Breaking down the results, it's important to note that 70 percent of respondents are field-level law enforcers — those who are face-to-face in the fight against violent crime on a daily basis — not office-bound, non-sworn administrators or perpetually-campaigning elected officials.
1.) Virtually all respondents (95 percent) say that a federal ban on manufacture and sale of ammunition magazines that hold more than 10 rounds would not reduce violent crime.
2.) The majority of respondents — 71 percent — say a federal ban on the manufacture and sale of some semi-automatics would have no effect on reducing violent crime. However, more than 20 percent say any ban would actually have a negative effect on reducing violent crime.
3.) About 85 percent of officers say the passage of the White House’s currently proposed legislation would have a zero or negative effect on their safety.
4.) Seventy percent of respondents say they have a favorable or very favorable opinion of some law enforcement leaders’ public statements that they would not enforce more restrictive gun laws in their jurisdictions. Similarly, more than 61 percent said they would refuse to enforce such laws if they themselves were Chief or Sheriff.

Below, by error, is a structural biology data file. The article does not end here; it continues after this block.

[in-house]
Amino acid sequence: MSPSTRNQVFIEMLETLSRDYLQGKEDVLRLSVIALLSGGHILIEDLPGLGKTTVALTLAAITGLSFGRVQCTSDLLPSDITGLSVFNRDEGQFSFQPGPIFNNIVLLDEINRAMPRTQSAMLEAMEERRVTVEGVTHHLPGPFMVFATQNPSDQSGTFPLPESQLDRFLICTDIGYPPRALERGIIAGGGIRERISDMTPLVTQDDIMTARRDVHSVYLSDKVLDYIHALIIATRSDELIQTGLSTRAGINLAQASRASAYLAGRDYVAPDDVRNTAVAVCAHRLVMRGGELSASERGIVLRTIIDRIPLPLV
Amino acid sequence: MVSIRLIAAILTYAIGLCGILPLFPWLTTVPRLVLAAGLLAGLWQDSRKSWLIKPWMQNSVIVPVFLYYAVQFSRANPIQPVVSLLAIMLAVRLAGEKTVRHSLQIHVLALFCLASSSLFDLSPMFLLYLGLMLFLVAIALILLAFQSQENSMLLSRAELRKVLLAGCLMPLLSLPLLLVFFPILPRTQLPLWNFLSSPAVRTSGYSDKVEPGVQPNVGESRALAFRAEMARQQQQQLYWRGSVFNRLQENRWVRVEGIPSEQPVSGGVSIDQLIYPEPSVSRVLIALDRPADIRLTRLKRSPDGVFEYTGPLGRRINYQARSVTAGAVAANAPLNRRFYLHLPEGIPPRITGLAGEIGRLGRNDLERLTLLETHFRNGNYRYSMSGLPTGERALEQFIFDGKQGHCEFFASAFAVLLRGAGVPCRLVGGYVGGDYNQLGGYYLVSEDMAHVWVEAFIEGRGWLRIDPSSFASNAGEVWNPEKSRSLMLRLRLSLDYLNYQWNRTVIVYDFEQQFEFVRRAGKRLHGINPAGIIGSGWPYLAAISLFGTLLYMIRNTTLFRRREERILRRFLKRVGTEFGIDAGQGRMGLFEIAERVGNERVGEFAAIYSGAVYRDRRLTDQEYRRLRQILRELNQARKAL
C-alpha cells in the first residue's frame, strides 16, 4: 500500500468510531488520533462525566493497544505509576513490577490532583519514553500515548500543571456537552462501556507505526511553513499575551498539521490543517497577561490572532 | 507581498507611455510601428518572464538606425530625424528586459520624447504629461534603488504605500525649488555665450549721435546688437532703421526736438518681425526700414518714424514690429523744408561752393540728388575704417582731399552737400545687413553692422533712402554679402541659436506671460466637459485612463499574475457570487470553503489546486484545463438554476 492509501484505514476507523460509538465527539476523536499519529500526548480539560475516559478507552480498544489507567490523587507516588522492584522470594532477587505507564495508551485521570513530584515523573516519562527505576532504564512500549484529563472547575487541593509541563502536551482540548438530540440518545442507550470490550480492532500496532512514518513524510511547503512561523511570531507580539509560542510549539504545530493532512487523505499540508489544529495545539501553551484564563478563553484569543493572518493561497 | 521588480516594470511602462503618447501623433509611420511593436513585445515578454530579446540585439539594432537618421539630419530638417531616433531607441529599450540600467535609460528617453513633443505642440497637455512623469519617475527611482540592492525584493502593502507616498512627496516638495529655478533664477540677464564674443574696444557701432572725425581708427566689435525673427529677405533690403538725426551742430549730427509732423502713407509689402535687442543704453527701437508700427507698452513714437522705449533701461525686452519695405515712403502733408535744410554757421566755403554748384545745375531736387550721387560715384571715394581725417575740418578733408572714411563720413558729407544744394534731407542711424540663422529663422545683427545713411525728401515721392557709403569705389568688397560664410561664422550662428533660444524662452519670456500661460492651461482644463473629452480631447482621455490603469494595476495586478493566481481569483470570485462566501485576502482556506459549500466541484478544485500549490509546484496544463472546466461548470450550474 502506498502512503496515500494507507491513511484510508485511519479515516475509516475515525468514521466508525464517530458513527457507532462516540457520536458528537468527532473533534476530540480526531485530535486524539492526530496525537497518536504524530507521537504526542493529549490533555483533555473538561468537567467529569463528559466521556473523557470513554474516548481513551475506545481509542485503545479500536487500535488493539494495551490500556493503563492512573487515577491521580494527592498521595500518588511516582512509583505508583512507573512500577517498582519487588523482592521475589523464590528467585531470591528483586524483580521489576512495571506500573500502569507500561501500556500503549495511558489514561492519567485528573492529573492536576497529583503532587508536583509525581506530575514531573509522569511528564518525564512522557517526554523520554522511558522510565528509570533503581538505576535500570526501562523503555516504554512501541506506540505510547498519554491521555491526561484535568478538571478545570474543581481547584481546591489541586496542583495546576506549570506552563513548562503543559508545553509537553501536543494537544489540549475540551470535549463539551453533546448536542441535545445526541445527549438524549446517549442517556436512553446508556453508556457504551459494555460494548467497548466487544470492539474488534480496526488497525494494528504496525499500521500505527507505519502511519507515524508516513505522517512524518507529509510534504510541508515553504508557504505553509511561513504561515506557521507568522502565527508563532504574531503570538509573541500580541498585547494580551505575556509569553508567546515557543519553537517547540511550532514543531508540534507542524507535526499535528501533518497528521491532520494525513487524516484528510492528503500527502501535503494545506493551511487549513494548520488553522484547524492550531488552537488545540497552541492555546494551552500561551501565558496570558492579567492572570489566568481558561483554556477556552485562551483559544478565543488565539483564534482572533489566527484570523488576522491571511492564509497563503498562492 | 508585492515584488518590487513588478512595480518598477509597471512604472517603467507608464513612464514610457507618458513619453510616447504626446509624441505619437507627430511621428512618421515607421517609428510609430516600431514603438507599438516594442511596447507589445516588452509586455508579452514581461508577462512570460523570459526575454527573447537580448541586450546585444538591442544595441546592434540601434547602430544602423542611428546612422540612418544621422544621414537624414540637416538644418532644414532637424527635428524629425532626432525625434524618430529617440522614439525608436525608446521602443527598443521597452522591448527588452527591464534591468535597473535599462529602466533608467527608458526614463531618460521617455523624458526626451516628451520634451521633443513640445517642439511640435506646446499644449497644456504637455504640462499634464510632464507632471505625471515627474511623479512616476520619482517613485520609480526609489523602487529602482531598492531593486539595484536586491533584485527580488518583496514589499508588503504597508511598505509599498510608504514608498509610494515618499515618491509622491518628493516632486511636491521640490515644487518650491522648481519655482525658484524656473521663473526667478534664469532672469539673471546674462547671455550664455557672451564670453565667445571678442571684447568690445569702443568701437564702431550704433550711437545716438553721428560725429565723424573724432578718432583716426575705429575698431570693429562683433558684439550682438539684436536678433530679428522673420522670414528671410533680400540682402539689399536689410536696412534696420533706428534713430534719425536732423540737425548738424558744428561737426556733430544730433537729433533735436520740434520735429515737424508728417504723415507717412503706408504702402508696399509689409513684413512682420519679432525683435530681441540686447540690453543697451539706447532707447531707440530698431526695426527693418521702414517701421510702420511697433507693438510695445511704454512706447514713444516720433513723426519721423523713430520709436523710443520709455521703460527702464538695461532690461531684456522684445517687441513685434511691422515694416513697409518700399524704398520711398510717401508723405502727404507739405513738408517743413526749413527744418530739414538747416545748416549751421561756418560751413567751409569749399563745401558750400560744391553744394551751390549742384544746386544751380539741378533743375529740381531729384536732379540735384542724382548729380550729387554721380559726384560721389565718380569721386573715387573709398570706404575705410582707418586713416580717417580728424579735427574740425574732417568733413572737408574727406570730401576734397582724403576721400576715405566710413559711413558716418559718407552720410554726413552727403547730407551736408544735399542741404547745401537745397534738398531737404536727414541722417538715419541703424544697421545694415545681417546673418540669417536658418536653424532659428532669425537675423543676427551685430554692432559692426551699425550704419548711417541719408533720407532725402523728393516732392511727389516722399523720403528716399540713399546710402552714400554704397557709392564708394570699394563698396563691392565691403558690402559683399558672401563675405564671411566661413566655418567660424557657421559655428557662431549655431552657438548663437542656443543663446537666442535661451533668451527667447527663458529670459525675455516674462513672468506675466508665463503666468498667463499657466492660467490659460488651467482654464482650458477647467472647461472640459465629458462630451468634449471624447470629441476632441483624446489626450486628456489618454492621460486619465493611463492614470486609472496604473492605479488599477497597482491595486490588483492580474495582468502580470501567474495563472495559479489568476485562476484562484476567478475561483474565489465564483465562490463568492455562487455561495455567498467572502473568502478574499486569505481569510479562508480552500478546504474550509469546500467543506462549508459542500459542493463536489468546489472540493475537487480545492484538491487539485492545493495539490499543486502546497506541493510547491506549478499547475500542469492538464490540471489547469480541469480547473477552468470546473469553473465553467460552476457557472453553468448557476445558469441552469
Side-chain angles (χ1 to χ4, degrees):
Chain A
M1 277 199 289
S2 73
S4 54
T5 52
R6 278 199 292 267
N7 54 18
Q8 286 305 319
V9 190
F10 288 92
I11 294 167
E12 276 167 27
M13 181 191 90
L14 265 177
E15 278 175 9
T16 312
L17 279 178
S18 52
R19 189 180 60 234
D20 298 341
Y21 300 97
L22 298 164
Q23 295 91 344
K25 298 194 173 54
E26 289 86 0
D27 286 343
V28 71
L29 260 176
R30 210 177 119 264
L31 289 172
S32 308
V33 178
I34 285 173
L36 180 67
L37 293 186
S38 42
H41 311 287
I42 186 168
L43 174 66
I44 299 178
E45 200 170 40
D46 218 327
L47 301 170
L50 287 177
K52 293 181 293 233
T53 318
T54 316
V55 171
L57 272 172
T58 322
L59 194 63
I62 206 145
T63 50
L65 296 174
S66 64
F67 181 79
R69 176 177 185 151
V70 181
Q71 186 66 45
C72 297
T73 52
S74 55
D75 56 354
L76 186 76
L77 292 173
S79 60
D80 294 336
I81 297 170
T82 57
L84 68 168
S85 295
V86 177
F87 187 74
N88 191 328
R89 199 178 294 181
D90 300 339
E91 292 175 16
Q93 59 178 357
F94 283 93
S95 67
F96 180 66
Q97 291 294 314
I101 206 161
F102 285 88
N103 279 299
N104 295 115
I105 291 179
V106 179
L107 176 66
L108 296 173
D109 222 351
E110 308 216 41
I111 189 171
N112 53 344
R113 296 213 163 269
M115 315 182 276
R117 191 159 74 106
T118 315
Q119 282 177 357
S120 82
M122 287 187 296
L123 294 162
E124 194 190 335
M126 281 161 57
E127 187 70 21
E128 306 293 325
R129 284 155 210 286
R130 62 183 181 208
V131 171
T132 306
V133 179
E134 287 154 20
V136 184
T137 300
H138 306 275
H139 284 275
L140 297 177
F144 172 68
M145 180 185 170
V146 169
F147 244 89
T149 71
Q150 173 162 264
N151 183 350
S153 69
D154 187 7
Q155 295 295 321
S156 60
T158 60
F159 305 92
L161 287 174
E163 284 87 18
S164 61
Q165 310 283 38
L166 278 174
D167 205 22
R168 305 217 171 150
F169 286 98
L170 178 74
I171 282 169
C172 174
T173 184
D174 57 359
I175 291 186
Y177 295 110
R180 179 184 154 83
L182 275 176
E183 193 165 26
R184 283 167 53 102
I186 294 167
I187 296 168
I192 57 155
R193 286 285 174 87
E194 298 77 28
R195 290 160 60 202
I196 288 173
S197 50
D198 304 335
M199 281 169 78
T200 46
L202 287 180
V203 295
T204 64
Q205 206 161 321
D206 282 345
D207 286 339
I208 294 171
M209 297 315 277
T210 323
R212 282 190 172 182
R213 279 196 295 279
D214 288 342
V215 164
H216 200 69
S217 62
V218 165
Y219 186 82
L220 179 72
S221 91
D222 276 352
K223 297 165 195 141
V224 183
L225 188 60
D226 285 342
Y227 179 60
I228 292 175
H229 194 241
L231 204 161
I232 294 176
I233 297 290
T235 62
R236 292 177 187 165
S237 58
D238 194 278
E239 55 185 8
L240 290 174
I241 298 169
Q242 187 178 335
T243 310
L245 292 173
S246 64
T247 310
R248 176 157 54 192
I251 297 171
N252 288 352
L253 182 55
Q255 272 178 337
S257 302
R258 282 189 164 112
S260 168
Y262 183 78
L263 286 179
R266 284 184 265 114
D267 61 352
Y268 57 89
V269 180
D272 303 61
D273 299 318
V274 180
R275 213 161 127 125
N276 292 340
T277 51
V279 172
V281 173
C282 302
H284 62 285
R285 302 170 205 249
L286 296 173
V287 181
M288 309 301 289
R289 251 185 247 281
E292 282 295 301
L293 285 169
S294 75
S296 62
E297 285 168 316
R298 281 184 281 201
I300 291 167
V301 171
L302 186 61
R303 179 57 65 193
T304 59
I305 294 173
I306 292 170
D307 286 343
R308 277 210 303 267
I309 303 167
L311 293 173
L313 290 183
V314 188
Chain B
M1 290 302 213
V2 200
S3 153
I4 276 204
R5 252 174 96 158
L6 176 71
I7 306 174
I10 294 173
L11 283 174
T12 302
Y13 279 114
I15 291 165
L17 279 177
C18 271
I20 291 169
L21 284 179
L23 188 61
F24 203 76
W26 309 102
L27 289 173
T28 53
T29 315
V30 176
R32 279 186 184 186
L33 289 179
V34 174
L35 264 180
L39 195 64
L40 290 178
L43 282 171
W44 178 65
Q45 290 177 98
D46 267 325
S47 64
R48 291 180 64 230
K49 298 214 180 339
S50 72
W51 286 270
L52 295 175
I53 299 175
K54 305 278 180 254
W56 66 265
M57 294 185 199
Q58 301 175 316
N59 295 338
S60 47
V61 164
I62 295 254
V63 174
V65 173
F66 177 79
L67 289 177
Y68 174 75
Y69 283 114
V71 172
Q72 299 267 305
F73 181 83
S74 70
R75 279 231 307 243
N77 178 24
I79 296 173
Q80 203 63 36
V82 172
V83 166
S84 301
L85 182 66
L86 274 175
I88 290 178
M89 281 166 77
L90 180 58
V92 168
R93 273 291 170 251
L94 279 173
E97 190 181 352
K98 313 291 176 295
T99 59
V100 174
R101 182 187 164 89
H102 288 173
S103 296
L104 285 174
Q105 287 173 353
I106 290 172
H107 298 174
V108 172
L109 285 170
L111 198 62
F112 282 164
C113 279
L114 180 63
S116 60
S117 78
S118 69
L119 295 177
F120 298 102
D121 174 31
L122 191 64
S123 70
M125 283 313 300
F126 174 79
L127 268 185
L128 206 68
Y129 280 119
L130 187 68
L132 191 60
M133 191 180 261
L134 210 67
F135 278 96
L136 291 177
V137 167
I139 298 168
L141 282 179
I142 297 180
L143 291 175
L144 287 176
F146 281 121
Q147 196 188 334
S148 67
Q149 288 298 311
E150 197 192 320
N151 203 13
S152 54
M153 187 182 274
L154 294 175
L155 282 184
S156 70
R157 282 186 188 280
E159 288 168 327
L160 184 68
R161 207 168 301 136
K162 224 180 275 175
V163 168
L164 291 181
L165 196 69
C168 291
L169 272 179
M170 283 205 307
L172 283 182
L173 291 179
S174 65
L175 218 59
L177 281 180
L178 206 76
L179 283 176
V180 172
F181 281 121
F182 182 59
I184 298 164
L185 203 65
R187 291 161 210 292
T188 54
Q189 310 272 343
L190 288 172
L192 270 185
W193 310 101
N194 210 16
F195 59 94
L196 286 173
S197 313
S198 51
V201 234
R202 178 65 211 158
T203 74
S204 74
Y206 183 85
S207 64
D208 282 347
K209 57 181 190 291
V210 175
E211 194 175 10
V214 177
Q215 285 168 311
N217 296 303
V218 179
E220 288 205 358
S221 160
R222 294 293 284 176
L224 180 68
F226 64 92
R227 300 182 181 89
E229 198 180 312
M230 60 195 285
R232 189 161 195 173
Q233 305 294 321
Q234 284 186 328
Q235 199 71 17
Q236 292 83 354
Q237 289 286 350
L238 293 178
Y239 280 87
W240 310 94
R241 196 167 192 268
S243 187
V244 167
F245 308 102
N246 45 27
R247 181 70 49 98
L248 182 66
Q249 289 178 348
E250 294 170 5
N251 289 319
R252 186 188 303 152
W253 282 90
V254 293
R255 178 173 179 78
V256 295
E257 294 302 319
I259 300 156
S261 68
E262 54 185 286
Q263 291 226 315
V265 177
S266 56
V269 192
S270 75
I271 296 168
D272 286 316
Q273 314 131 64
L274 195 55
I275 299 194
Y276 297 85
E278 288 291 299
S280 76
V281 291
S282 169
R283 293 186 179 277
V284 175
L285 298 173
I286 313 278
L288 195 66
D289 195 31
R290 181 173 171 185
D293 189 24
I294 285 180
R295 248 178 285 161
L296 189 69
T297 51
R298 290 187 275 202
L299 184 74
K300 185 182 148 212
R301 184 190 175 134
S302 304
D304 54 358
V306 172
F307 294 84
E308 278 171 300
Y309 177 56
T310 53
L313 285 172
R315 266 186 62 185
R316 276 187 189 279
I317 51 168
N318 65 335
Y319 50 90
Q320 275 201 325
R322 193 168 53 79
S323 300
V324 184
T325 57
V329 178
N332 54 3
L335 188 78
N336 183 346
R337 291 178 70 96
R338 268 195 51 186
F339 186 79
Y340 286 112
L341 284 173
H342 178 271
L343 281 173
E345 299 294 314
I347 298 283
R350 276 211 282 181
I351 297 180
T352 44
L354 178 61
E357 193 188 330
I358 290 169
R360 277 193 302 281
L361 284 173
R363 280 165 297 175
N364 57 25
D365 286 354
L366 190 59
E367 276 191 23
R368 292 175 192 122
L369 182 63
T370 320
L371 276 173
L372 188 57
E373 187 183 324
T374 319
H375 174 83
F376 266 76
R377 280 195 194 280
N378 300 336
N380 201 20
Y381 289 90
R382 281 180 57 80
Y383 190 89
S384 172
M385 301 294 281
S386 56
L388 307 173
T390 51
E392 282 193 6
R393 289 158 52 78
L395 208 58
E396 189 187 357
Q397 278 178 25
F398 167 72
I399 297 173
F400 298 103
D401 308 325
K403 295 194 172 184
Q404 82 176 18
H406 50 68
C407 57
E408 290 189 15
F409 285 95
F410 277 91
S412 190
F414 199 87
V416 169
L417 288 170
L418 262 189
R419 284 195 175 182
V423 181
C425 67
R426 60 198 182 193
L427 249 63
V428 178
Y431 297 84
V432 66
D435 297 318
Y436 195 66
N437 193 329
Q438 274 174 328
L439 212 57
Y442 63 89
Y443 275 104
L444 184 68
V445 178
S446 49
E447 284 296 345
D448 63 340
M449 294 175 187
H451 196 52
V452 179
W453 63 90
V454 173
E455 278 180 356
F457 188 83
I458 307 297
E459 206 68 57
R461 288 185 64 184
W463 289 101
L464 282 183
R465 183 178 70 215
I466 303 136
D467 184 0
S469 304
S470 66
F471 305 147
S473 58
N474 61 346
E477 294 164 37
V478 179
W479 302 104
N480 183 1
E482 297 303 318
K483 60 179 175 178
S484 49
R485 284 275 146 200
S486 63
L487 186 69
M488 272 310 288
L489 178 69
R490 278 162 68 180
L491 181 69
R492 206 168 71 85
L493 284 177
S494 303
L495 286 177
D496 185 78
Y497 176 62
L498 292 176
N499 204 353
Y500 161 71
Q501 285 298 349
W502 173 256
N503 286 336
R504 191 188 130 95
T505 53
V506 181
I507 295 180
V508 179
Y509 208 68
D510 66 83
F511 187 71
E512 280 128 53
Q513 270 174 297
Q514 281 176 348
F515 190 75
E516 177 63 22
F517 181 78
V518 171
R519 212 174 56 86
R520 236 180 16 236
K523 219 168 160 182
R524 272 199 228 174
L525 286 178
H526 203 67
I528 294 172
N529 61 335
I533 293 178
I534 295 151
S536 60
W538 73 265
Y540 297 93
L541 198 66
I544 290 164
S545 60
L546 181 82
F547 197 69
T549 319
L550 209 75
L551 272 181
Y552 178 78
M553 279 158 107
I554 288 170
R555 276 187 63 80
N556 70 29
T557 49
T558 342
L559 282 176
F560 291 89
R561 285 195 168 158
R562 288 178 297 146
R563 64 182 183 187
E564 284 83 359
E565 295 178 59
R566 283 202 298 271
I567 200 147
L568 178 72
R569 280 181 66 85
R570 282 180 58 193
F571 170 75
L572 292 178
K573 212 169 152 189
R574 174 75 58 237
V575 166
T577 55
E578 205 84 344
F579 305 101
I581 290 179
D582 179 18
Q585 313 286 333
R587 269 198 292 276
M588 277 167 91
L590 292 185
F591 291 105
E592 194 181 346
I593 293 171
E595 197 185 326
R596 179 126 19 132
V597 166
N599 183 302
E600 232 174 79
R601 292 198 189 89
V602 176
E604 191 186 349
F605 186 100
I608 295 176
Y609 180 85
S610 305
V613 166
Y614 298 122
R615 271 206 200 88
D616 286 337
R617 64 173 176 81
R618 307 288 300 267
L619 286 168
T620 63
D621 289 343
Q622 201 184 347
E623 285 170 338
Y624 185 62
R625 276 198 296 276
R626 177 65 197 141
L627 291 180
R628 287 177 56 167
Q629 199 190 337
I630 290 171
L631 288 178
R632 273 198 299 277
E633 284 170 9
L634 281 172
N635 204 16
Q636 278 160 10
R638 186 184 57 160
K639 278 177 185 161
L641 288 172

5.) More than 28 percent of officers say having more permissive concealed carry policies for civilians would help most in preventing large scale shootings in public.
6.) The overwhelming majority (almost 90 percent) of officers believe that casualties would be decreased if armed citizens were present at the onset of an active-shooter incident.
7.) More than 80 percent of respondents support arming school teachers and administrators who willingly volunteer to train with firearms and carry one in the course of the job.
8.) More than 81 percent say that gun-buyback programs are ineffective in reducing gun violence.
Quite clearly, the majority of officers polled oppose the theories brought forth by gun-control advocates who claim that proposed restrictions on weapon capabilities and production would reduce crime.